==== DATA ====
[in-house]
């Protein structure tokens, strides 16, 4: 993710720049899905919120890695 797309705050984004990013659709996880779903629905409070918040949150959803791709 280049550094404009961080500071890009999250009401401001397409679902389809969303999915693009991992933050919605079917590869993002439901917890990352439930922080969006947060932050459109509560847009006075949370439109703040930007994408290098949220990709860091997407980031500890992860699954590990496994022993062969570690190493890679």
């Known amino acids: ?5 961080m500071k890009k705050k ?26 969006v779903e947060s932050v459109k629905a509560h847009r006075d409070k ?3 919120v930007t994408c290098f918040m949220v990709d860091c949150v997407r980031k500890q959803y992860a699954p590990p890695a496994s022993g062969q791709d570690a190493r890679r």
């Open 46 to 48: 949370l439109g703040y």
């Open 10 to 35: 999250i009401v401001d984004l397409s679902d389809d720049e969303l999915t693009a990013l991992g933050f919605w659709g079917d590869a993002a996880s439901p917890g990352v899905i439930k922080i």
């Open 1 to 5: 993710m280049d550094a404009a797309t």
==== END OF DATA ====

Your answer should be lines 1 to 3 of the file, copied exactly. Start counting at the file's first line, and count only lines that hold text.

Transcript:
[in-house]
């Protein structure tokens, strides 16, 4: 993710720049899905919120890695 797309705050984004990013659709996880779903629905409070918040949150959803791709 280049550094404009961080500071890009999250009401401001397409679902389809969303999915693009991992933050919605079917590869993002439901917890990352439930922080969006947060932050459109509560847009006075949370439109703040930007994408290098949220990709860091997407980031500890992860699954590990496994022993062969570690190493890679």
């Known amino acids: ?5 961080m500071k890009k705050k ?26 969006v779903e947060s932050v459109k629905a509560h847009r006075d409070k ?3 919120v930007t994408c290098f918040m949220v990709d860091c949150v997407r980031k500890q959803y992860a699954p590990p890695a496994s022993g062969q791709d570690a190493r890679r």